Impact Stories
April 11, 2024 – Future of Work

Michael Horn: The principles driving the future of work

Michael Horn: The principles driving the future of work

Michael Horn is one of the nation’s leading thinkers examining how learning and work need to evolve to create a system that benefits both organizations and the people who work for them. His podcast, “The Future of Education,” examines how employers, educators, learners, and solution providers can work together to achieve that goal.

In a series of episodes supported by the Charles Koch Foundation (CKF), Horn discusses the principles that should drive this vision of the future of work.

Openness: why employers should embrace alternative learning models

The current system is not working for all people, explains CKF Executive Director Ryan Stowers in one episode. Focusing on seat time and credit hours does not help people unlock their natural skills or identify a career they will find fulfilling. This failure is not just a problem for workers. For employers, it diminishes engagement at work and innovation.

While postsecondary educators must change how they prepare people for the workforce, employers also must be open to changing their mindset. Specifically, executives and hiring managers who are open to workers who have accumulated skills outside of the traditional college and university system will see tremendous value in return.

“Companies have relied on the proxy of degrees as telling them, for instance, what person they are finding in the marketplace and how that person is going to add value to their enterprise,” says Stowers. “There is a way to understand aptitudes and mindset and gain skills and knowledge … that has the ability to give a company a competitive advantage.”

The answers “are there,” Stowers says, and include innovative financing options, new types of learning providers and credentialing platforms, and organizations that help companies access untapped talent pools. Employers just need to be open to them.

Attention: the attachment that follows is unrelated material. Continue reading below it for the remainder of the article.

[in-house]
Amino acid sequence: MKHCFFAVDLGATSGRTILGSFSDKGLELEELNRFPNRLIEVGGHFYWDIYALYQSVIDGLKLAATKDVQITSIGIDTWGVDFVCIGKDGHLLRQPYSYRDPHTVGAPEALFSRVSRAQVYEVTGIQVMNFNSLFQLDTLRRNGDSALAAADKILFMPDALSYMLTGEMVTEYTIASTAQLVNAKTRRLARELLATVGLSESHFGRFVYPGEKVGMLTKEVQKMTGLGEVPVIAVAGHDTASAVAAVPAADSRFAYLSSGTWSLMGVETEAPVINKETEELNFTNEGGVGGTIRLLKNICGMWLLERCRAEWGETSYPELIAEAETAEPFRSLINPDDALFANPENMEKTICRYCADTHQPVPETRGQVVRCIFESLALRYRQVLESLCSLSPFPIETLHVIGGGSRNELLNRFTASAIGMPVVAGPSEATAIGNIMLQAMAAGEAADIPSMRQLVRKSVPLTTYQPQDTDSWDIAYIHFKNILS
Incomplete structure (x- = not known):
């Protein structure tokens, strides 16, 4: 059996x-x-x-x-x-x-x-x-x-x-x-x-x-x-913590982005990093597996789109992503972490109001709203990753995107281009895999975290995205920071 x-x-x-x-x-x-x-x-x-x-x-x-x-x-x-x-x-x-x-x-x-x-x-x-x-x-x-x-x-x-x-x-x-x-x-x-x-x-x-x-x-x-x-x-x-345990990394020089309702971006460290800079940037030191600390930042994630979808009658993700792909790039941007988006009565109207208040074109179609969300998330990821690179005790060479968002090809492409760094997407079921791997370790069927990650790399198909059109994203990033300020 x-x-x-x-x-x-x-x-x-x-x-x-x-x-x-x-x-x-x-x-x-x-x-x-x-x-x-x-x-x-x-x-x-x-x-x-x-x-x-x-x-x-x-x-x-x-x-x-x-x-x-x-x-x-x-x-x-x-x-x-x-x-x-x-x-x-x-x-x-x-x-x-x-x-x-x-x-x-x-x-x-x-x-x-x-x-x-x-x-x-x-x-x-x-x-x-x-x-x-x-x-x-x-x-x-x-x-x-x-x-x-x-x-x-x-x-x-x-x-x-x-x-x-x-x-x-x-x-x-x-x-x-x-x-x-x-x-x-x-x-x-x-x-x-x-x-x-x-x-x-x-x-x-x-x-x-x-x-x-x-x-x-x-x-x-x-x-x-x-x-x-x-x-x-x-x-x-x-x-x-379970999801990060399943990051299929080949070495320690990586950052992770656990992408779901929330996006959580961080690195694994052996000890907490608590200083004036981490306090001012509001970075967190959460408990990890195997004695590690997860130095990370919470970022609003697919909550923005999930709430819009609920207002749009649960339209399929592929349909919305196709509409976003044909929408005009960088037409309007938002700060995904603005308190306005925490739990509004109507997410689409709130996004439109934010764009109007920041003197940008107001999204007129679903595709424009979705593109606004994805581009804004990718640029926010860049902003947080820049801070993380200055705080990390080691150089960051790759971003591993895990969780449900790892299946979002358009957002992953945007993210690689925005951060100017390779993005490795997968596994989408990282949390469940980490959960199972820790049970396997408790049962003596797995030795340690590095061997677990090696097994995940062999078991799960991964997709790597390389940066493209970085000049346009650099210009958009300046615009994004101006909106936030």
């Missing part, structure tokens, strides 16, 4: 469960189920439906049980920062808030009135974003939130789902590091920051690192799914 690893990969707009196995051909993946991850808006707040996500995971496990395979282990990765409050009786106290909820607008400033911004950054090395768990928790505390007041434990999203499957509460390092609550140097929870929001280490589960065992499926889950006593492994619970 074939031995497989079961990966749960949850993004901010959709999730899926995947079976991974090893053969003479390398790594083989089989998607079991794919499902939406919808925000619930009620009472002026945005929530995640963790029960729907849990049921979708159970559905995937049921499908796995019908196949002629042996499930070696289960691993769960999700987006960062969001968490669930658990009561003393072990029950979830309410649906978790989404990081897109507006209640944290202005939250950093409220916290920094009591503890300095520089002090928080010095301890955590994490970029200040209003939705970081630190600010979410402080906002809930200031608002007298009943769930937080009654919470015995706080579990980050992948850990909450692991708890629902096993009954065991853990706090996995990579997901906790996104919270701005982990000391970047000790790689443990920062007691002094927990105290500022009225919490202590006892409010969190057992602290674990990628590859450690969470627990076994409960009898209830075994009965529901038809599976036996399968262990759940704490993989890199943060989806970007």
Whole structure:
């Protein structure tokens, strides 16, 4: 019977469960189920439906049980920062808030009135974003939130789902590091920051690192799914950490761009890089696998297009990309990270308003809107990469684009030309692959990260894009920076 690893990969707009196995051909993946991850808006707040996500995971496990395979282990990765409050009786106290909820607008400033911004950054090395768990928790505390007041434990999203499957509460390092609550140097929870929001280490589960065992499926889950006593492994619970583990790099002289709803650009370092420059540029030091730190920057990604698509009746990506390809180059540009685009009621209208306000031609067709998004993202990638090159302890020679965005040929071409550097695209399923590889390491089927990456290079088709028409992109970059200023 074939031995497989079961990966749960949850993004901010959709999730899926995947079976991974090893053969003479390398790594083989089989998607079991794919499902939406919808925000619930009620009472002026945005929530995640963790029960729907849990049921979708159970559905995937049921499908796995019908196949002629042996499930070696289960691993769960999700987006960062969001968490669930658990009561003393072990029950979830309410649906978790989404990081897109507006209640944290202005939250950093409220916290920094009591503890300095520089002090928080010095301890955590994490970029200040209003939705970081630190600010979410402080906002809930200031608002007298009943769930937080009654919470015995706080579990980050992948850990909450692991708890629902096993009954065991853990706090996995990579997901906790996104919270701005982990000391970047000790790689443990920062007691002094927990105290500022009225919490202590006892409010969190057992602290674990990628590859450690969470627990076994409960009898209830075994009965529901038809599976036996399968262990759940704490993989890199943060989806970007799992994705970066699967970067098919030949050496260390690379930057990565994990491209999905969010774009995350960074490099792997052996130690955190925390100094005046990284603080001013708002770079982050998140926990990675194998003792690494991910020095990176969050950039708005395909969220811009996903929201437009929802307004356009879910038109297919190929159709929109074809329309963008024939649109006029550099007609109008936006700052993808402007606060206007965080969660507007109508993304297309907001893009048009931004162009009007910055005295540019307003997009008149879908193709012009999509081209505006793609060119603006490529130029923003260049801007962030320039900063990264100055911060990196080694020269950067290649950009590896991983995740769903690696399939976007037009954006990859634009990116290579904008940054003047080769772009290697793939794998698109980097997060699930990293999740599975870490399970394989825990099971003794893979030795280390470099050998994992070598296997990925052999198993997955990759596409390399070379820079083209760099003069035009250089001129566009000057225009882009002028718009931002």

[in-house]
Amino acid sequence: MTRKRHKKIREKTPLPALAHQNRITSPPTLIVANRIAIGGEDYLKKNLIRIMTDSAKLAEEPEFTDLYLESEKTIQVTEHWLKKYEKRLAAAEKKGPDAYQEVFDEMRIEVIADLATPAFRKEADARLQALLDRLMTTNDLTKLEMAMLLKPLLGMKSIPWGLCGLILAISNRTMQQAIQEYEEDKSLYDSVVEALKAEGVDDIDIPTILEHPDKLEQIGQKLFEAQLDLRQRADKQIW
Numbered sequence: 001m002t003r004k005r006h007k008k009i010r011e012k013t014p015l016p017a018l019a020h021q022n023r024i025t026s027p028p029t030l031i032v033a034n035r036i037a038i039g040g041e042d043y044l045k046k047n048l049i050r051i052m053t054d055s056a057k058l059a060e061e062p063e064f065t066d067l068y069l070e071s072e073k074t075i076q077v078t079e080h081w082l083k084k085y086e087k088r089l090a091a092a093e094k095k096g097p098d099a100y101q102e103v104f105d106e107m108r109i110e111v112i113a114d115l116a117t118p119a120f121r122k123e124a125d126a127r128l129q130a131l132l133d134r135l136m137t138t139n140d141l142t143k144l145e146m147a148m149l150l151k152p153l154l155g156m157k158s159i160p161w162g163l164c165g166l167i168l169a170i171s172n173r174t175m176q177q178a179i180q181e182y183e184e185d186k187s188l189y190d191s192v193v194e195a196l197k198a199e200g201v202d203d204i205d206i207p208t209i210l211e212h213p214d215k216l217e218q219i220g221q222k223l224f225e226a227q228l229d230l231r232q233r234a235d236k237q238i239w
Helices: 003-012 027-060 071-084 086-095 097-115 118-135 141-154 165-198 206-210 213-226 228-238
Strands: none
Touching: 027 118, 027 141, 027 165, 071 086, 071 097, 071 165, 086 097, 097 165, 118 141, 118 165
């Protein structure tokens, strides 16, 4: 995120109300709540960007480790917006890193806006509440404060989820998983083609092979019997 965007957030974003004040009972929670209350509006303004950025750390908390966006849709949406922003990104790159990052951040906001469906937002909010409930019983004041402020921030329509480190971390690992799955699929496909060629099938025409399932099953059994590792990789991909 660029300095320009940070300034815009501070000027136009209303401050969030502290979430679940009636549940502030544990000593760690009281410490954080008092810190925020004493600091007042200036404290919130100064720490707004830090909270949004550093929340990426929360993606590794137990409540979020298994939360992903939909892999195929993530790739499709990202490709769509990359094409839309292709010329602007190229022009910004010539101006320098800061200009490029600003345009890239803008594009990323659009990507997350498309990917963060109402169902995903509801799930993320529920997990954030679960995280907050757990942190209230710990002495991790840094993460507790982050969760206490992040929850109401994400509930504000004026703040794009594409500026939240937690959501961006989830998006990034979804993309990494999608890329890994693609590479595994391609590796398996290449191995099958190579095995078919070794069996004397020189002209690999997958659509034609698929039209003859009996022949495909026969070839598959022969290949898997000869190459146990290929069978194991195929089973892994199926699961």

Dignity: employers win when they believe each person can contribute

Chicago-based Cara Collective helps employers broaden their hiring mindset. The organization is built on openness and the belief that there is incredible untapped potential of individuals living in underserved communities. The nonprofit helps employers expand their talent pool and change their mindset about hiring people struggling with poverty and homelessness.

But there is another principle at play in the Cara Collective model too: dignity. President and CEO Kathleen St. Louis Caliento tells Horn that Cara Collective helps people “find themselves, and then find jobs.”

“We often think about that dignity of choice in a job and what that does to someone’s confidence and their ability to say, ‘maybe I can go for that next thing now,’” she continues. “That pride in creating your own path, in creating your career, creates that ripple effect in your family, in your community. You inspire others.”

The model works for both job seekers and employers. “We know companies miss out on thousands of motivated jobs seekers and employees,” St. Louis Caliento says. “Losing this kind of talent costs companies millions of dollars annually. But these are fixable problems.”

Cara Collective trains and supports job seekers to perfect competencies like teamwork, time management, professionalism, conflict resolution, and communication. Once participants have completed training, the organization works with more than 70 employment partners to find the right job for each person. While the average national retention rate is less than 50 percent one year after hire, for Cara Collective participants it is 65 to 70 percent. (Read about Cara Collective’s success with one employer here.)

Mutual benefit: creating lasting value for workers and employers

The goal of postsecondary education is to prepare learners for fulfilling opportunities in the workforce. But, as Cara Collective’s St. Louis Caliento articulates, there is another postsecondary education end user: employers. 

Innovative institutions like Western Governors University (WGU) are creating models that benefit both. In an episode with WGU President Scott Pulsipher, Horn dives deeper into how both learners and employers would benefit from new ideas surrounding learning and work. 

WGU is the country’s largest online competency-based college. It serves learners by aligning its education programs with the needs of employers. “We’re always making sure how we articulate the learning outcomes are relevant to the world of work in which our graduates are entering into,” says Pulsipher.

Specifically, WGU informs its curricula and instruction with insight from subject-matter experts and industry partners. It also powers continuous improvement by measuring students’ and employers’ satisfaction and by incubating new tools designed to build better connections between these two groups.

“When you are enabling an individual to have all the skills and competencies needed to access an opportunity, it’s the very skills that employers need to meet the talent for their workforce to advance their processes and practices and products into the future,” Pulsipher says. “There’s incredible alignment of the interests there … in serving the individuals first, you ultimately serve employers.”

Stay tuned for future Michael Horn podcasts supported by the Charles Koch Foundation. Learn more about CKF’s vision of the Future of Work here.